Must-see historical sites near Flagstaff, AZ?

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Armando

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Will be making a trip with the family (all avid history buffs) to AZ in April.

I know all the usual tourist traps but interested any some lesser known (or maybe just not known by me) historical sites near Flagstaff, AZ. We'll be driving all over the place from there so even places 2hrs away would be worth the drive.
 

Billy-by-gosh

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You might be interested in the site of the 1800s "Pleasant Valley War." The principals in multiple skirmishes lasting over 10 years were the Tewksburys and the Grahams, and there were no survivors when it all ended. There is a small museum located in the little town of Young, AZ. Not on the regular tourist routes, it's located down in a large isolated valley but accessible from the highway 260 that crosses the Mogollon Rim (a beautiful drive in itself; and you should check local weather for road conditions in the high country during April)
 

Bojangles

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Plus one on the road trip to young, but it’s a super long drive, so be prepared, and probably little cell signal en route. Also visit the tonto natural bridge on the way. Have pizza in Pine, AZ at the wood fired pizza place. Hike the bear foot trail in pine, to the foot bridge and back(12 mi) or go all the way to the pine trail head, (14) but will need to shuttle. There’s some cliff dwellings in camp verde, and Jerome is pretty cool and historic, a must see if you’re in the cottonwood/ Sedona area. The views on lake Mary road are epic, especially if you are facing north. The Clarkdale train is kind of boring, imo.
 

Bojangles

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And, if all else fails, you must see the canyon. If your up that way, look at Lee’s ferry, and horshoe bend.
 

yonderin

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If you're at all inclined to go stand on the corner in Winslow, along the way you could check out Canyon Diablo and Apache Death Cave near Two Guns. Also Metor Crater which is pretty impressive.

The drive from Flagstaff to Sedona is awful pretty.
 

tenngun

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Monument valley ain’t to far( sight of most 59s westerns) and shiprock is a sight to see ( Shiprock was once at Winslow. Navajos took refuge on the rock when attacked by Apache. They prayed to the mountain to save them and the mountain grew wings and flew to its present location saving the Navajo. Leaving that big hole in the ground near Winslow)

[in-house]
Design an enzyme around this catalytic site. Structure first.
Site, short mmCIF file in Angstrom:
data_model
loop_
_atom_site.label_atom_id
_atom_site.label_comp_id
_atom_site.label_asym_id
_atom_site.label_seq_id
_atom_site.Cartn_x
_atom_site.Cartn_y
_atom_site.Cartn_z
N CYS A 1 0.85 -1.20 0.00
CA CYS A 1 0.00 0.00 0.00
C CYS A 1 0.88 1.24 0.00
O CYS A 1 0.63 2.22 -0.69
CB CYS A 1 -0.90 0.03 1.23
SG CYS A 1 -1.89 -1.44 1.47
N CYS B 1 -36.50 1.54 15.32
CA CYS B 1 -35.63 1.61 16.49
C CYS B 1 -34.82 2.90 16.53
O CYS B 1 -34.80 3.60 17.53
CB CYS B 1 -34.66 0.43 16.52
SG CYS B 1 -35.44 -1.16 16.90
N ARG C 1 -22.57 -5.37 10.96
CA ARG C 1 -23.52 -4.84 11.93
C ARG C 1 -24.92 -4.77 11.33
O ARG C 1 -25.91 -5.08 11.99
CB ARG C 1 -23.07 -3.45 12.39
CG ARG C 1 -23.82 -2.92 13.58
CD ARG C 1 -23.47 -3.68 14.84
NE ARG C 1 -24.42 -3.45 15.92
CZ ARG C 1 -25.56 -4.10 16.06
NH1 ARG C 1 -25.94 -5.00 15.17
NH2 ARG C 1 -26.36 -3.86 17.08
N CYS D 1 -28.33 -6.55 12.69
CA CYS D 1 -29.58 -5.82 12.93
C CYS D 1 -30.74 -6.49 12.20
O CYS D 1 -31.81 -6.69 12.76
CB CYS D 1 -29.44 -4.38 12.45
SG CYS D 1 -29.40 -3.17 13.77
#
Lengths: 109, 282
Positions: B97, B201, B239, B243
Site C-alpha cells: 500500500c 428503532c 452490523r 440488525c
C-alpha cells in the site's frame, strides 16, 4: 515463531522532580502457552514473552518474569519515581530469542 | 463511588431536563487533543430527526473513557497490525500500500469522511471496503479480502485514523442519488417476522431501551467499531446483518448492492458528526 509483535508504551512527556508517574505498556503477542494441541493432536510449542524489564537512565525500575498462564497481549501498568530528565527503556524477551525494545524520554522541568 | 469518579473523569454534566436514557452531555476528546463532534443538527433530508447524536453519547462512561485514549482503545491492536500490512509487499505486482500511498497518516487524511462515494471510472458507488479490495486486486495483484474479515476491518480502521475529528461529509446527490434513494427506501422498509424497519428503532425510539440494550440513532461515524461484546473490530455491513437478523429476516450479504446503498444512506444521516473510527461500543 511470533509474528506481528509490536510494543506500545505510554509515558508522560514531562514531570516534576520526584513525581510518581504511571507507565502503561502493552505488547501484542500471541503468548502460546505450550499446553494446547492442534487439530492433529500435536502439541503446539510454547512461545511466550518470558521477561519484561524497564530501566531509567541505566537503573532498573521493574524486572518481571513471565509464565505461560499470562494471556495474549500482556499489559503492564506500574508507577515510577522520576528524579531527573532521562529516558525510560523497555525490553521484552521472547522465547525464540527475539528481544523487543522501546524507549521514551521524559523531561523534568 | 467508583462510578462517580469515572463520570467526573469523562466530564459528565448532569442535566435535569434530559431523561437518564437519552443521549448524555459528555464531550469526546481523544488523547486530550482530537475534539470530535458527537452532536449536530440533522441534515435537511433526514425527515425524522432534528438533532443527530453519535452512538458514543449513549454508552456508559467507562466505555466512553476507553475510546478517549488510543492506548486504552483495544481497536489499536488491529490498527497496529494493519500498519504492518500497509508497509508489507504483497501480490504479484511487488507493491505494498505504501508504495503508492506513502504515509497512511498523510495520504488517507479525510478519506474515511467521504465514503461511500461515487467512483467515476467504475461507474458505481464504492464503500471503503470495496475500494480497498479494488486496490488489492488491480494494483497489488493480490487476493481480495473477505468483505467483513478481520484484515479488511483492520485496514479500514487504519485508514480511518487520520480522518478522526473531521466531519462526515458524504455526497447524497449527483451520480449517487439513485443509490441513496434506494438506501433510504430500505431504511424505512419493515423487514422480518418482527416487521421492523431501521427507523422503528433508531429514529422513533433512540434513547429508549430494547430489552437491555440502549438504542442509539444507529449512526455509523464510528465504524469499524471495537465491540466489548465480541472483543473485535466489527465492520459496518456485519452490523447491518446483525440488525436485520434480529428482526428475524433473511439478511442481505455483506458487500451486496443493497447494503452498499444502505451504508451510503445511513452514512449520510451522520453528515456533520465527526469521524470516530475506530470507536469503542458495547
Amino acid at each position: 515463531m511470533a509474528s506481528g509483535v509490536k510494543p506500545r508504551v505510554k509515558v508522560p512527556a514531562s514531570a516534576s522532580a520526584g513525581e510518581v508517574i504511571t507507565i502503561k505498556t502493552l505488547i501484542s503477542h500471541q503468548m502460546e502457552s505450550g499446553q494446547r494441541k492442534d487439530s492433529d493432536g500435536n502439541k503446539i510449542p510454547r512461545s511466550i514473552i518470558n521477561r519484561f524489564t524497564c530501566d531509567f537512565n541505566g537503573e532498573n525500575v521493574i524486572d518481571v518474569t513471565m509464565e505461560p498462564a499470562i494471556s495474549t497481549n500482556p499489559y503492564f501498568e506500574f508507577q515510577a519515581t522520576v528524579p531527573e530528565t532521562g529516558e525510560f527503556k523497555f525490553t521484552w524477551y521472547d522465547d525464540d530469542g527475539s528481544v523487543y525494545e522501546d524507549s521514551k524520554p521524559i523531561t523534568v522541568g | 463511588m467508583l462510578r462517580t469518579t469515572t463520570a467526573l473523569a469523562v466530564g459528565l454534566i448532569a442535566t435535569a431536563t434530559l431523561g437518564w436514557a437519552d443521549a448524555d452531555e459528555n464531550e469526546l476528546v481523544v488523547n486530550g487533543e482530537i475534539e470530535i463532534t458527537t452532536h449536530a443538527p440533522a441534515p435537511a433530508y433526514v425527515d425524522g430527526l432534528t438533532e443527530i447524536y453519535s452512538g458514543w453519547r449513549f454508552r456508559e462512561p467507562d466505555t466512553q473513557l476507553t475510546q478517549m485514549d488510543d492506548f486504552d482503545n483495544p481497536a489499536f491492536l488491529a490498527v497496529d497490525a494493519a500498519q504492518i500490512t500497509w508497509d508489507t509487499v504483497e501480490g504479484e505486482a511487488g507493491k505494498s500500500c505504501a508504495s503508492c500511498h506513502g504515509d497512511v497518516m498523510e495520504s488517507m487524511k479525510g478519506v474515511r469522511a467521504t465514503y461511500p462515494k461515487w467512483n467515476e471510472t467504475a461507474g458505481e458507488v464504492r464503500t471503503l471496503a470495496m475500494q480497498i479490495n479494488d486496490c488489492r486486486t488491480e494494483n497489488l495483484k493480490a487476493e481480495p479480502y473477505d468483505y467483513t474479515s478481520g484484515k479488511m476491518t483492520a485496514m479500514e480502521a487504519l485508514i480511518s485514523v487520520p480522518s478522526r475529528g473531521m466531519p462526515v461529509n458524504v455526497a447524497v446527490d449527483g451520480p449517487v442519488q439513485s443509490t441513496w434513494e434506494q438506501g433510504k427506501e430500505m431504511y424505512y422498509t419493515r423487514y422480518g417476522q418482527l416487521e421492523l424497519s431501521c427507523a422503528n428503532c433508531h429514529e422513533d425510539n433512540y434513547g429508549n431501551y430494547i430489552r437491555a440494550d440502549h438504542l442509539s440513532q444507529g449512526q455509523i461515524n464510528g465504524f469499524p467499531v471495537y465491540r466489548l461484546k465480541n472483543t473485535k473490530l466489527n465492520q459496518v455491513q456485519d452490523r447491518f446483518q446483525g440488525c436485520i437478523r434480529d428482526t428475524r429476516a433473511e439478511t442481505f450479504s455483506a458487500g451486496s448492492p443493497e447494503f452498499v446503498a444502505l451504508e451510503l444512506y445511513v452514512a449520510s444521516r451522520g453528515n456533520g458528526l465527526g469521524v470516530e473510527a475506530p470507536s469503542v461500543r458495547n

Thagomizer

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Just happened to find this. So much to see and do in that part of AZ. Several Pueblo ruins are nearby,Walnut canyon is good. Petrified Forest is straight east and a good drive.head up into Navajo country and see dinosaur tracks near Tuba City, and then Monument Valley for sure. My favorite place is Canyon De Chelly.
Horse back tours are fun and scenic. Can also do that in Monument valley. Just south of monument valley is the small town of Kayenta that has a Navajo code talkers museum in the Burger king of all places. Betatakin ruins nearby is also a must. Hubbell trading post has a small collection of muzzleloaders including some leman Indian rifles. Much more-shoot me a PM if you want more details.
 

Notchy Bob

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I just saw this thread. I booked a hiking trip to the North Rim with an outfitter in 2018. We met in Flagstaff before shuttling up to Grand Canyon. I live in Florida, where the highest natural point in my state is, I think, around 326 feet. The North Rim is around 8,000 feet, so I went out a couple of days early to stay in Flagstaff (elevation ~7,000 feet) to get acclimated. I found, to my great pleasure, that Flagstaff is not only a "dark sky" city, and they also have the Flagstaff Urban Trail System (FUTS, pronounced "foots"), which connects with the Arizona Trail.

I know the original poster said he and his family are history buffs, but if you need some exercise and like to just get outside and walk, there are some great trails that you can access in Flagstaff without having to drive anywhere. Not exactly a wilderness experience, but you can get way off the pavement, see some interesting and different critters, and walk for miles in clean, fresh air without backtracking. Just remember to pace yourself if you're an eastern flatlander, make sure you have a map, and bring water!

I think Flagstaff is considered the gateway to Grand Canyon, and the South Rim is only a couple of hours away. The North Rim, on the other hand, requires an extensive "go around" to avoid that big hole in the ground, and will take most of a day just getting there. Either side of Grand Canyon is well worth seeing, but the North Rim is a completely different natural and cultural environment from the South Rim.

I would like to go back and spend some time in the Flagstaff area, if we can ever get COVID-19 behind us. I'd like to see some more of the historical and natural sights mentioned in the posts above (some of which I saw on trips back in the 1980's, some I haven't seen at all), in addition to another visit to the North Rim. I had a good experience there last year.

Notchy Bob
 

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